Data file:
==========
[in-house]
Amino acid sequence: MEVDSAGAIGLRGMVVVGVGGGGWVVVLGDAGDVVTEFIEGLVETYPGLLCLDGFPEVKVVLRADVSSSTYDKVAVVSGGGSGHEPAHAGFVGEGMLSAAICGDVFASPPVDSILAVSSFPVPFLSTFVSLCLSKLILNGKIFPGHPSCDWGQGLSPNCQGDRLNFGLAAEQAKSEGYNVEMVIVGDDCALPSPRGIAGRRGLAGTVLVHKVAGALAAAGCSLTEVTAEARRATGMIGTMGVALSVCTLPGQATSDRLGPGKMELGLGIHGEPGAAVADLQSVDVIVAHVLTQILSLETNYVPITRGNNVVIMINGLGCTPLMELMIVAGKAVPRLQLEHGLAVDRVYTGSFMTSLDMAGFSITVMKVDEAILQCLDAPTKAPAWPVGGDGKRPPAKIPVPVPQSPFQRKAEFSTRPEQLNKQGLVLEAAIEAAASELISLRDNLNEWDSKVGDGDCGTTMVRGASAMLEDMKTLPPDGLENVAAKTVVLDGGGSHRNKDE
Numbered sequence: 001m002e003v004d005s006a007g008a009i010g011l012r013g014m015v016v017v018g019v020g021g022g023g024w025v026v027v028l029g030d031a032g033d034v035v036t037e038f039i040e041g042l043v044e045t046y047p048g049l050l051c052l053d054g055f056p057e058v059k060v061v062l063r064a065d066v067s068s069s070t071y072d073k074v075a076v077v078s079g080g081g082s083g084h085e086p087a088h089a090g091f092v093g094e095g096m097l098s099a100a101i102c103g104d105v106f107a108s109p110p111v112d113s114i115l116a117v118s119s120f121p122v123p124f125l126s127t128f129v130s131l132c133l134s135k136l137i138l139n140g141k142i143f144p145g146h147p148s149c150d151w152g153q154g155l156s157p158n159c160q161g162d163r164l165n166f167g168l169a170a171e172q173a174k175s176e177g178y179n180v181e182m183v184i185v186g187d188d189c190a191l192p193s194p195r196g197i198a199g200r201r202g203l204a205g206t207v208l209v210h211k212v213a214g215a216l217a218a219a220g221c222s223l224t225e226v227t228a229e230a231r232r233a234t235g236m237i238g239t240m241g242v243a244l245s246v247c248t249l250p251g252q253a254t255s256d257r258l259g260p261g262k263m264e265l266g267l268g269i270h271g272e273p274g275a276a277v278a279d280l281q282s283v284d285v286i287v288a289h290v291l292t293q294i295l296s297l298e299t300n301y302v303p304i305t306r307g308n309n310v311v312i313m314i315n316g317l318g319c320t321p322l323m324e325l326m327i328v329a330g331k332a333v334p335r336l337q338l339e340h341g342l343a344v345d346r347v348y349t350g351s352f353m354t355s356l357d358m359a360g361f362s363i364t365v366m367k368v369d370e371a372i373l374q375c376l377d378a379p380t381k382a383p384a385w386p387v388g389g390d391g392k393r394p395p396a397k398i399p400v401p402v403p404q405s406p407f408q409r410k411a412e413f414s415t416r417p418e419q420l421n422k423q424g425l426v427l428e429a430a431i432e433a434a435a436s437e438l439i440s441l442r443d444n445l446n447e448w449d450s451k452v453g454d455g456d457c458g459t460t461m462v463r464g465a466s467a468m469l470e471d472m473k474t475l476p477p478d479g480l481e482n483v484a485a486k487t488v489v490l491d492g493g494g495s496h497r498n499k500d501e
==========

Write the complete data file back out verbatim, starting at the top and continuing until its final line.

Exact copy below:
[in-house]
Amino acid sequence: MEVDSAGAIGLRGMVVVGVGGGGWVVVLGDAGDVVTEFIEGLVETYPGLLCLDGFPEVKVVLRADVSSSTYDKVAVVSGGGSGHEPAHAGFVGEGMLSAAICGDVFASPPVDSILAVSSFPVPFLSTFVSLCLSKLILNGKIFPGHPSCDWGQGLSPNCQGDRLNFGLAAEQAKSEGYNVEMVIVGDDCALPSPRGIAGRRGLAGTVLVHKVAGALAAAGCSLTEVTAEARRATGMIGTMGVALSVCTLPGQATSDRLGPGKMELGLGIHGEPGAAVADLQSVDVIVAHVLTQILSLETNYVPITRGNNVVIMINGLGCTPLMELMIVAGKAVPRLQLEHGLAVDRVYTGSFMTSLDMAGFSITVMKVDEAILQCLDAPTKAPAWPVGGDGKRPPAKIPVPVPQSPFQRKAEFSTRPEQLNKQGLVLEAAIEAAASELISLRDNLNEWDSKVGDGDCGTTMVRGASAMLEDMKTLPPDGLENVAAKTVVLDGGGSHRNKDE
Numbered sequence: 001m002e003v004d005s006a007g008a009i010g011l012r013g014m015v016v017v018g019v020g021g022g023g024w025v026v027v028l029g030d031a032g033d034v035v036t037e038f039i040e041g042l043v044e045t046y047p048g049l050l051c052l053d054g055f056p057e058v059k060v061v062l063r064a065d066v067s068s069s070t071y072d073k074v075a076v077v078s079g080g081g082s083g084h085e086p087a088h089a090g091f092v093g094e095g096m097l098s099a100a101i102c103g104d105v106f107a108s109p110p111v112d113s114i115l116a117v118s119s120f121p122v123p124f125l126s127t128f129v130s131l132c133l134s135k136l137i138l139n140g141k142i143f144p145g146h147p148s149c150d151w152g153q154g155l156s157p158n159c160q161g162d163r164l165n166f167g168l169a170a171e172q173a174k175s176e177g178y179n180v181e182m183v184i185v186g187d188d189c190a191l192p193s194p195r196g197i198a199g200r201r202g203l204a205g206t207v208l209v210h211k212v213a214g215a216l217a218a219a220g221c222s223l224t225e226v227t228a229e230a231r232r233a234t235g236m237i238g239t240m241g242v243a244l245s246v247c248t249l250p251g252q253a254t255s256d257r258l259g260p261g262k263m264e265l266g267l268g269i270h271g272e273p274g275a276a277v278a279d280l281q282s283v284d285v286i287v288a289h290v291l292t293q294i295l296s297l298e299t300n301y302v303p304i305t306r307g308n309n310v311v312i313m314i315n316g317l318g319c320t321p322l323m324e325l326m327i328v329a330g331k332a333v334p335r336l337q338l339e340h341g342l343a344v345d346r347v348y349t350g351s352f353m354t355s356l357d358m359a360g361f362s363i364t365v366m367k368v369d370e371a372i373l374q375c376l377d378a379p380t381k382a383p384a385w386p387v388g389g390d391g392k393r394p395p396a397k398i399p400v401p402v403p404q405s406p407f408q409r410k411a412e413f414s415t416r417p418e419q420l421n422k423q424g425l426v427l428e429a430a431i432e433a434a435a436s437e438l439i440s441l442r443d444n445l446n447e448w449d450s451k452v453g454d455g456d457c458g459t460t461m462v463r464g465a466s467a468m469l470e471d472m473k474t475l476p477p478d479g480l481e482n483v484a485a486k487t488v489v490l491d492g493g494g495s496h497r498n499k500d501e